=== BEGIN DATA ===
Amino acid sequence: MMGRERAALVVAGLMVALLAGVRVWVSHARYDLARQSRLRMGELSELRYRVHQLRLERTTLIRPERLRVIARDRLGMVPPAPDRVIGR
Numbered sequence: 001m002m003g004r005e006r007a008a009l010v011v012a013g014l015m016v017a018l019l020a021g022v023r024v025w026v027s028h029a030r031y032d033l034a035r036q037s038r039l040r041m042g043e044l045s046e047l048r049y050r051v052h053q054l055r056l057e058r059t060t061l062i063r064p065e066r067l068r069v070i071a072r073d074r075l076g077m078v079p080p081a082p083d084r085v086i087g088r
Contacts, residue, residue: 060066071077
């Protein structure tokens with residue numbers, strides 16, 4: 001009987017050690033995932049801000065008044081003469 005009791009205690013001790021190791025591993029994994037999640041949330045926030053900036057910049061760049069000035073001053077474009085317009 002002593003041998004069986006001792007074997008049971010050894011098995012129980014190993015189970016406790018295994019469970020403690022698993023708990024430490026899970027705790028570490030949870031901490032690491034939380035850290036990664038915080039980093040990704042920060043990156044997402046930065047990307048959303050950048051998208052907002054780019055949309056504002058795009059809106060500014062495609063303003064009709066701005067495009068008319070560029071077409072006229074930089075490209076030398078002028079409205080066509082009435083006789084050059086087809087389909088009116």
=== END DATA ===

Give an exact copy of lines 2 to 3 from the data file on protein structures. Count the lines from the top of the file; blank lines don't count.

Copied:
Numbered sequence: 001m002m003g004r005e006r007a008a009l010v011v012a013g014l015m016v017a018l019l020a021g022v023r024v025w026v027s028h029a030r031y032d033l034a035r036q037s038r039l040r041m042g043e044l045s046e047l048r049y050r051v052h053q054l055r056l057e058r059t060t061l062i063r064p065e066r067l068r069v070i071a072r073d074r075l076g077m078v079p080p081a082p083d084r085v086i087g088r
Contacts, residue, residue: 060066071077